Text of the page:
How Do you Know if you are Going off the Cliff?

MAGI Calculation

Of course Medicare can’t be simple. They use MAGI for the IRMAA cliff threshold.

MAGI includes your AGI (all income including required minimum distributions, taxable social security, and capital gains) plus tax-free (usually municipal bond) interest payments.

It is interesting to note that both the taxable and non-taxable portion of social security is part of the MAGI calculation for premium ACA Tax Credits, but only the taxable portion of social security is added back on the MAGI calculation for Medicare. This means that prior to 65, if you want premium ACA tax credits, you really don’t want to file for social security! After age 65, for Medicare, you are only penalized by the taxable portion of social security.

Evolution of Surcharges

The beatings will continue until morale improves. There are additional surcharges added every few years, and given the shortfalls in government-funded programs, this is very likely to continue.

IRMAA surcharges continue to evolve.

IRMAA for part B was enacted in 2003. In 2011, the ACA added Part D surcharges.

As of 2019, a new top surcharge tier was added: MAGIs above 500k and 750k. Let’s look at that.

Evolution of surcharges over time

Evolution of IRMAA Cliffs over time. (From Kitces)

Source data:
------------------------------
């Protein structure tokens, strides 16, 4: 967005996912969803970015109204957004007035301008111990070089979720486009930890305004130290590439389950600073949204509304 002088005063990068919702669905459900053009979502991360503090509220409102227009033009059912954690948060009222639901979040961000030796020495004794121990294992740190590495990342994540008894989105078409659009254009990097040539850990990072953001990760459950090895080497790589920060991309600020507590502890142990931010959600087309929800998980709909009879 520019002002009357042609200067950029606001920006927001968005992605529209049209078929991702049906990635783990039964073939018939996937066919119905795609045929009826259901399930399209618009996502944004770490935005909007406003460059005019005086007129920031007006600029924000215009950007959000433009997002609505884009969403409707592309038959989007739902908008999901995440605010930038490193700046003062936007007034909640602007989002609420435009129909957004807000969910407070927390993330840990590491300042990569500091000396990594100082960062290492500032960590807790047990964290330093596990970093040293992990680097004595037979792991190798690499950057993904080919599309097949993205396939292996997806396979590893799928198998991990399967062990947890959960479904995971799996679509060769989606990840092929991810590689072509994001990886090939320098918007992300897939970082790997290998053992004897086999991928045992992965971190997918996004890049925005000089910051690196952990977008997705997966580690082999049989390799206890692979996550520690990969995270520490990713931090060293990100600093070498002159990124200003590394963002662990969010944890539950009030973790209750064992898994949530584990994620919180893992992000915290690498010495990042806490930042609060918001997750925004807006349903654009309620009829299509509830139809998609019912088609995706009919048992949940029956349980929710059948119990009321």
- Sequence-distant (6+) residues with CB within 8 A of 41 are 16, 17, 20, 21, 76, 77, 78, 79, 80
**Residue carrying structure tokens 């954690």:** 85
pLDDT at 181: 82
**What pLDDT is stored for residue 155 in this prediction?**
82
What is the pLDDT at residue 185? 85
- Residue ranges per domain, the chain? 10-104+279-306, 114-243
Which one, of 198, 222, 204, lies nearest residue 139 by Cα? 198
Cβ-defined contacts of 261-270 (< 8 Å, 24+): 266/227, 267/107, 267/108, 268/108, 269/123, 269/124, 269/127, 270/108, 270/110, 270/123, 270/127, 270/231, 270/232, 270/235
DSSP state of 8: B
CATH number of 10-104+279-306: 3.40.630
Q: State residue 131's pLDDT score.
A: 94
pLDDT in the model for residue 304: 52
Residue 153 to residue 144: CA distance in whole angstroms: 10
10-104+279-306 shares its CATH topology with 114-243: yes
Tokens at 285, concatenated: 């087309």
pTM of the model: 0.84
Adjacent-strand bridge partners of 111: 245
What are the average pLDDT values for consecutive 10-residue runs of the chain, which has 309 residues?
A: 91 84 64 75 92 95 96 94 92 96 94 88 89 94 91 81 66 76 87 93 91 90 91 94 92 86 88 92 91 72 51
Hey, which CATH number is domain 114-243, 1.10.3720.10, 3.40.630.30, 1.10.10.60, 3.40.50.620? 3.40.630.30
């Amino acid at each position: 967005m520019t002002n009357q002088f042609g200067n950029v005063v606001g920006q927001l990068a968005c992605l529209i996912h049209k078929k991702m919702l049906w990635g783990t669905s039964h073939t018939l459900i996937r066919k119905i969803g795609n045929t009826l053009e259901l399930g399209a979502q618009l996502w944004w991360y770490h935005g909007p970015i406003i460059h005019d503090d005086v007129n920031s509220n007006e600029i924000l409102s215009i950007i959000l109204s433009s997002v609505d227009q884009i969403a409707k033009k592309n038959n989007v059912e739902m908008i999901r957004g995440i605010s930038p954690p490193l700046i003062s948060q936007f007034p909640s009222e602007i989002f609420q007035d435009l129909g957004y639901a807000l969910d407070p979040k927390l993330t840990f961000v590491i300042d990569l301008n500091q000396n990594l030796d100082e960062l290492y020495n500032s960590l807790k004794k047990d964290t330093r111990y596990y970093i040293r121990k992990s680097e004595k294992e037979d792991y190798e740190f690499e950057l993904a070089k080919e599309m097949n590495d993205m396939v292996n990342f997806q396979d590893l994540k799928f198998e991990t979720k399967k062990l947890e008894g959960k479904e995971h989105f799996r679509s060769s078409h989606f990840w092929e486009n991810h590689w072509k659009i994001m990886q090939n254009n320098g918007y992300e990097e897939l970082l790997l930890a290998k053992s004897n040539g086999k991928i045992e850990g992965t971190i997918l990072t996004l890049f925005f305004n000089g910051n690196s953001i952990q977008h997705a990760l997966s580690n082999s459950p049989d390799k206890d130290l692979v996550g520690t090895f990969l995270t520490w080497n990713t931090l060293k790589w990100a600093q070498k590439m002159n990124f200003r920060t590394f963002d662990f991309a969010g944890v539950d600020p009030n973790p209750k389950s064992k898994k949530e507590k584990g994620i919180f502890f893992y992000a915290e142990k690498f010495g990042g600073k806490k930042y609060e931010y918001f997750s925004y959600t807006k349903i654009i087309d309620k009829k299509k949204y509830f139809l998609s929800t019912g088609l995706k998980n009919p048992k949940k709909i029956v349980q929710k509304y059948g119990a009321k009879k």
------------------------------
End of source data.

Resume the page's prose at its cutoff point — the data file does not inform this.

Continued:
As you can see in Figure 2, there is compression of the tiers over time, leading to larger surcharges at lower incomes. This is likely to continue over time.

Appeal Especially for Specified Life Event

This is very important for your first two years after retirement!

There are times when you have a one-time increase in your income, that you can file an appeal to have IRMAA adjusted.

Especially if you stopped working this year, file an appeal for IRMAA adjustment.

Other specific indications for an IRMAA appeal: marriage, divorce, death of a spouse, income reduction, loss of income such as rentals or royalties, or loss of a pension.

Please note that loss of rental income from sales of a property is not counted as a reason for IRMAA appeal! In addition, higher health care costs and loss of alimony or child support don’t count either.

Medicare sends you a yearly notice about any changes in your IRMAA surcharge.

File form SSA-44 to appeal to SSA of any specific events that might get IRMAA waved. See here.

Conclusion: How do I Avoid IRMAA 2021